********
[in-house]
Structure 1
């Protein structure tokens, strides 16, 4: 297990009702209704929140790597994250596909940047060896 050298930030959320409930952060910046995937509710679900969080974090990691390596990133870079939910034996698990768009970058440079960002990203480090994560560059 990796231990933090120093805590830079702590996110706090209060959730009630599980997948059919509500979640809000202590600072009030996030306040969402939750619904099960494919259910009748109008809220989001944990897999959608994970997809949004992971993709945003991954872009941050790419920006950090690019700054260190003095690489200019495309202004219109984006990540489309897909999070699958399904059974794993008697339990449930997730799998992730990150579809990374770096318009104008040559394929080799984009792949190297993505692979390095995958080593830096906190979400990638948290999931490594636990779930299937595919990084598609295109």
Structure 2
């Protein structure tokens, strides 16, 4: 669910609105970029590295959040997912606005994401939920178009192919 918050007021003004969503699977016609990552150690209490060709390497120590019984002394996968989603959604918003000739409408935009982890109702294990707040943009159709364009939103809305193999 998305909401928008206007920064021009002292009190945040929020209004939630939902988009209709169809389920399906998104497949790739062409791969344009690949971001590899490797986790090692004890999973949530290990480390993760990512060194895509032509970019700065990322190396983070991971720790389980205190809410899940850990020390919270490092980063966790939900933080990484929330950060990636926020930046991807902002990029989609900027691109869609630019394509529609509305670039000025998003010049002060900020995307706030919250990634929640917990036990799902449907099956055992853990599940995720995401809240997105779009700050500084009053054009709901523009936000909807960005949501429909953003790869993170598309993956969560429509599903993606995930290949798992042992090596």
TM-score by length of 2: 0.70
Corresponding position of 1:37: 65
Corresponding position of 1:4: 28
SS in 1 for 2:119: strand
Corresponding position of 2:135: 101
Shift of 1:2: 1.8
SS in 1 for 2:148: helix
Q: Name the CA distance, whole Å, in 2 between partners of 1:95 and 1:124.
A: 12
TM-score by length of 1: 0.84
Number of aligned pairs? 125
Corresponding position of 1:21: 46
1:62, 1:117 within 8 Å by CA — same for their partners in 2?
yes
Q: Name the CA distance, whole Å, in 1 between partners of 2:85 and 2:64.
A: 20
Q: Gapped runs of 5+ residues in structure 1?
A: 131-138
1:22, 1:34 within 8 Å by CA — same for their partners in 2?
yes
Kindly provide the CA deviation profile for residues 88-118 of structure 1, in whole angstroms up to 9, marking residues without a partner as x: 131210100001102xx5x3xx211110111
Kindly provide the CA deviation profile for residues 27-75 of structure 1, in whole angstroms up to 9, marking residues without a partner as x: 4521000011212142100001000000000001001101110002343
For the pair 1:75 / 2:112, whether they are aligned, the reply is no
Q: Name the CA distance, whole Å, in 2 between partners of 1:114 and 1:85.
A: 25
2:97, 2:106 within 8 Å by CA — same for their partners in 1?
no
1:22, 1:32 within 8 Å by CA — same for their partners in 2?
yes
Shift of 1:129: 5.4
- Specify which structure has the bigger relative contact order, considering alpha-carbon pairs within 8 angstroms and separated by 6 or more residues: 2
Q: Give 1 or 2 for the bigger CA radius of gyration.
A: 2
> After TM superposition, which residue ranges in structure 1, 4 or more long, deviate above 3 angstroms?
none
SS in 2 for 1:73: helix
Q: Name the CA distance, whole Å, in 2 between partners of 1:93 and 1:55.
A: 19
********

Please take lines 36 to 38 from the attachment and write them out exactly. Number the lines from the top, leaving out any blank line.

- Specify which structure has the bigger relative contact order, considering alpha-carbon pairs within 8 angstroms and separated by 6 or more residues: 2
Q: Give 1 or 2 for the bigger CA radius of gyration.
A: 2